This Saturday I zipped down to NYC to help a friend pick out a wedding dress. Since I was in the city, I met up with one of my best friends from high school (different friend) who is currently doing the New Yorker thing, working in fashion. I had always wanted to eat at Momofuku (ever since I heard about it and since getting the cookbook for Christmas last year). Lucky for me, my friend was more than willing to accommodate the obsession.

Because reservations have to be made 3 weeks in advance because they fill up so quickly, our plan of attack was to arrive early and wait it out. I got into the city in the morning. We met up at Alice's Tea Cup (one of my favorite places in the city to go for tea and scones) and got 3 scones to go (cream cheese and dill, pumpkin, salted caramel and chocolate) and two large teas (Mauritius, a black tea with notes of vanilla, and Alice's, their house tea of green and black teas blended with rose petals). It was a beautiful day and we decided to get our food to go (due to a long wait for a table) and walk to the Strawberry Fields section of Central Park. We sat on a bench overlooking the pond and chatted, eating our delicious scones and sipping our tea. This experience was not without two instances of bikers riding by with carefully concealed boomboxes blaring from their backpacks. Why conceal it when it is obvious you have music exploding from your general vicinity? Oh, NYC.

We jumped on a train down to Chelsea for the dress appointment. It was much more fun than I anticipated and it was a good experience. The dresses were beautiful and I think it was very successful for my bride-to-be friend, even though she didn't buy it on the spot. The two of us then separated from the group and headed down to SoHo for some fun shopping, walking around and general catching up.

The highlight of SoHo was being able to go to PurlSOHO in person, where I obviously left with some yarn purchases. I am going to knit my friend a hat with the yarn she chose. Updates about the hat soon.

We decided to walk to the LES from SoHo. A long walk, but probably a good idea knowing the amount of food we would be consuming. We arrived at Momofuku 30 minutes after it opened. There was only a 15 minute wait! It was a huge score. AND it was really barely 15 minutes. It was more like 5 minutes, during which time we both ordered lychee soju slushies. It was cold, refreshing and DELICIOUS, especially after all that walking. I was surprised because I despise soju, but it was nicely complemented by the lychee and the fact that it was an ice cold slushy really toned down the bite of the soju. It was a prognostication of imminent food glory.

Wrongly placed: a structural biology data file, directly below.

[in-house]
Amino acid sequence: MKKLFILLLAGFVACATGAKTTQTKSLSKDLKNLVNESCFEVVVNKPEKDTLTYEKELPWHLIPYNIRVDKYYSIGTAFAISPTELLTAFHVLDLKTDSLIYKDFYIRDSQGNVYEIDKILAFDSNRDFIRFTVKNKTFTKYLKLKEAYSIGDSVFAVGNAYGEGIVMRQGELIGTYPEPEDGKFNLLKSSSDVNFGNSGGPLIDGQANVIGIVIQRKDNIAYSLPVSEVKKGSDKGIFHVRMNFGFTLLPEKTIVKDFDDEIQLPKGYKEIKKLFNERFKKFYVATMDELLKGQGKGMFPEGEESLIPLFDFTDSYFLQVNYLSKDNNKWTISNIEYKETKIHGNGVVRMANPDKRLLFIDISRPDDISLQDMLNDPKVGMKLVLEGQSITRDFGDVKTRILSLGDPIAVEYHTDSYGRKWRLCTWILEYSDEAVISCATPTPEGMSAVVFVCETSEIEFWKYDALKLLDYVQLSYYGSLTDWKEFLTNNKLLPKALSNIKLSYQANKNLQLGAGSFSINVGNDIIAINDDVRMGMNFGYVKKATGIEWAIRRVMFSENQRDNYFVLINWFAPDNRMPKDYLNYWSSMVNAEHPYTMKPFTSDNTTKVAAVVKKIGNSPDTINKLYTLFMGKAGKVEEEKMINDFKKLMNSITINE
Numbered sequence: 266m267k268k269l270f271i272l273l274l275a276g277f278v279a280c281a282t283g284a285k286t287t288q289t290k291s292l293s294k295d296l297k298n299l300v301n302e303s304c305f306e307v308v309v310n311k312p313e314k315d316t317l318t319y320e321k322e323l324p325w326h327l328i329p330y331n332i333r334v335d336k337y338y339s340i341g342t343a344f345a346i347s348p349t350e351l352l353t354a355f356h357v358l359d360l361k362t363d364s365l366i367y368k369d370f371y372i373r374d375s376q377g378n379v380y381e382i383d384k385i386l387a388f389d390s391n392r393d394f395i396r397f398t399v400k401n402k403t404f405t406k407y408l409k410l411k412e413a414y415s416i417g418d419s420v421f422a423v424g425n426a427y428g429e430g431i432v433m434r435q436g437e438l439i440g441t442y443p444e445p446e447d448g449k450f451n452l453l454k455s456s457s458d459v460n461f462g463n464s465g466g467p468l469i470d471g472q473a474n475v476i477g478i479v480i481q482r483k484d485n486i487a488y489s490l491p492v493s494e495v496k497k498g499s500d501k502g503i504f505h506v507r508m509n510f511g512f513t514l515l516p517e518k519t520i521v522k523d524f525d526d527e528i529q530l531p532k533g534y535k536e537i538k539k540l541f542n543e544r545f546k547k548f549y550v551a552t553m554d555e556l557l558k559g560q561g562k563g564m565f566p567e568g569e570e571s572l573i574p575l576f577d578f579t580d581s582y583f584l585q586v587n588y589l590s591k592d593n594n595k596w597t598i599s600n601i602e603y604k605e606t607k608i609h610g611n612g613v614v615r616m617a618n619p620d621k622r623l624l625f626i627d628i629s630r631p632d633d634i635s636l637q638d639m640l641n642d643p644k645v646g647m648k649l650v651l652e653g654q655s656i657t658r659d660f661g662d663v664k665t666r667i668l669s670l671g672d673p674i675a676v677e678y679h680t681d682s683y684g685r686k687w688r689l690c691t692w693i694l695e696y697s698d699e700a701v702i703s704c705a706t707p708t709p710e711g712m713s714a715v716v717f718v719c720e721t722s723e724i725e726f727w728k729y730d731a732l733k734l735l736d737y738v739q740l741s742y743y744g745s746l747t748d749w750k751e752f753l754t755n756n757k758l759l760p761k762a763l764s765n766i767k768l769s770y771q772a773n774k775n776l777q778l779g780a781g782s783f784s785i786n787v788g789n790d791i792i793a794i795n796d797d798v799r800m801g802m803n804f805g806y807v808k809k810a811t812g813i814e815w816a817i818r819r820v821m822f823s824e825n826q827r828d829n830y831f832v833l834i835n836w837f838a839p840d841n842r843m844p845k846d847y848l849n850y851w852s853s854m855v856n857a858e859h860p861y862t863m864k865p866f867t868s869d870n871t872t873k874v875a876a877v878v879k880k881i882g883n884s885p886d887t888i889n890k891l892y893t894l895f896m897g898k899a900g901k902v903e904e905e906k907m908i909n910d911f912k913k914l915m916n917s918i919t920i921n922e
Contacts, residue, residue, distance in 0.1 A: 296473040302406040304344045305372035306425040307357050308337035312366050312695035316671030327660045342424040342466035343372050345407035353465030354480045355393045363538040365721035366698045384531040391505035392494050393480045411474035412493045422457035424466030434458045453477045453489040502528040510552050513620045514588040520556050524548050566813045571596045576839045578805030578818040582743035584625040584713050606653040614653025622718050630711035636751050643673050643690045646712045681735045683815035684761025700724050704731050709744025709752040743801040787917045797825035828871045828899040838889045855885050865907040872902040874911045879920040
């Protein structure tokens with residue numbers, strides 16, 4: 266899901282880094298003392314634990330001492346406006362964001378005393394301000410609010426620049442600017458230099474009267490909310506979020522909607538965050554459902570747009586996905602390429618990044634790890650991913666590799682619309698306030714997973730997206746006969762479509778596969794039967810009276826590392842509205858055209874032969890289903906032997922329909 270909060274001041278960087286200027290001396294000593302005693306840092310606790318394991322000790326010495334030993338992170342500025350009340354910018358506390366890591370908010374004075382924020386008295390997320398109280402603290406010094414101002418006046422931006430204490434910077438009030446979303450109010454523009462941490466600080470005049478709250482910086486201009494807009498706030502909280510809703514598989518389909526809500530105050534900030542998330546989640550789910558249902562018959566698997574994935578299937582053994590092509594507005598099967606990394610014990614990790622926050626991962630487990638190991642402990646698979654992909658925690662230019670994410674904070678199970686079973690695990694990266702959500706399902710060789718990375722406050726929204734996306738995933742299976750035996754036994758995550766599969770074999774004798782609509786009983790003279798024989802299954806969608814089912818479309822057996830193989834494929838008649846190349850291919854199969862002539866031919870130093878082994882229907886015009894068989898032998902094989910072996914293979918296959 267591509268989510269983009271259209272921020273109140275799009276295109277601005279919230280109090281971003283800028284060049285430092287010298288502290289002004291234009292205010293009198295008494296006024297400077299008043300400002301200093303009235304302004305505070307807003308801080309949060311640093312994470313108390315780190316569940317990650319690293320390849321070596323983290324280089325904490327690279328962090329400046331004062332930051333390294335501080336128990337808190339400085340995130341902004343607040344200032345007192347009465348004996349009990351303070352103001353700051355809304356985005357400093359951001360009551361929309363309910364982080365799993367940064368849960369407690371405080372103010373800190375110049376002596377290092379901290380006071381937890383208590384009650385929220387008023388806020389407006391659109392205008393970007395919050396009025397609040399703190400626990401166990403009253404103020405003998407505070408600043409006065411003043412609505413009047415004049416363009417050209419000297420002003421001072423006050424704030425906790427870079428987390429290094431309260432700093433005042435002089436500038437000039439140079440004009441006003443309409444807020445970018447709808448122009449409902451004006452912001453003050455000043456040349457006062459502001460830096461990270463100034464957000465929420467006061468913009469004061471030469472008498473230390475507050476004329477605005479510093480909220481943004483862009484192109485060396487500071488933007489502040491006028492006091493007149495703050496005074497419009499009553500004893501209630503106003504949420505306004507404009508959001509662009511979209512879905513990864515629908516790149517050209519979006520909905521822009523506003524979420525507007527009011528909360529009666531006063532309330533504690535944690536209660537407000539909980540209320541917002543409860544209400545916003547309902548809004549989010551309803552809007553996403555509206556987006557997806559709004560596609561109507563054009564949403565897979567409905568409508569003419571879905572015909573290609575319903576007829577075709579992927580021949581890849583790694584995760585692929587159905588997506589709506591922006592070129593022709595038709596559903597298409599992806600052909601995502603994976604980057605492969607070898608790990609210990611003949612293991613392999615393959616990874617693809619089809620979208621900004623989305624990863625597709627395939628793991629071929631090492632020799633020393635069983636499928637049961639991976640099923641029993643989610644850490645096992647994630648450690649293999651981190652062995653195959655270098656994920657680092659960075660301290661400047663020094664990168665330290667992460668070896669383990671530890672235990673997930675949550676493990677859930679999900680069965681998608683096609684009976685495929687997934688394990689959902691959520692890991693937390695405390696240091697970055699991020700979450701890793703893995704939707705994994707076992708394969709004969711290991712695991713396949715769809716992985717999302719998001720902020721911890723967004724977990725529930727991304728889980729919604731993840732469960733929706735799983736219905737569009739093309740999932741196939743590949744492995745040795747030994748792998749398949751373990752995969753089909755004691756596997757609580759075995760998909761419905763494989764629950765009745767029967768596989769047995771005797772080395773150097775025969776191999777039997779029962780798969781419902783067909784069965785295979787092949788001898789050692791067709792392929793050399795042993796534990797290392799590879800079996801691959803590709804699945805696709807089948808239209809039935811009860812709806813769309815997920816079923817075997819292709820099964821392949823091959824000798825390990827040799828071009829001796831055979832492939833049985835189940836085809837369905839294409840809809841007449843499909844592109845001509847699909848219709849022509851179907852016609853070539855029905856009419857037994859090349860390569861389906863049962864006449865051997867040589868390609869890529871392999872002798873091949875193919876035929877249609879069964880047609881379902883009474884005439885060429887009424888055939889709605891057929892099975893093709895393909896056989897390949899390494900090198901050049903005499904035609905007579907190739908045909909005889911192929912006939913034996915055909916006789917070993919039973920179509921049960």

We decided to get one of a lot of things and share each thing equally (even the main). It still ended up being a deluge of food, but a really nice and fantastically tasty deluge. I couldn't have requested a better seat right at the bar in front of the kitchen. I was able to watch each chef AND observe our dishes being prepared. It was the best hardcore food porn I've ever seen. Professional kitchens just floor me with their stressful environment, ballet of food and personnel coordination and the physical tolls of standing on your feet for hours cooking over a hot grill and sustaining burns, cuts and hot oil spatters. Amazing.

Onto the food!

These were raw scallops plated with beets, scallions, yuzu and a sauce with a hint of cilantro. Now, usually handfuls of fresh cilantro leaves will cause my stomach to cramp and then expunge its content violently, but this cilantro was the gentlest whisper of the herb. Delicious and enjoyable without the repercussions of paying homage to the porcelain gods. Scallops 9/10

Sadly this was followed by the anti-climatic dish of the night, which was the

Korean Tamale
Pork and Kimchi Tamale

pork and kimchi tamale. It just wasn't good. The pork was a little dry, there was very little kimchi flavor and in general it was kind of an epic fail, especially compared with the scallops. I've had waaaaay better tamales that cost $1 from a tiny place that a friend took me when I was in Southern California. I think in general, it is a good idea that I believe has the potential to be executed well, it just wasn't quite there for this particular one. Tamale 1/10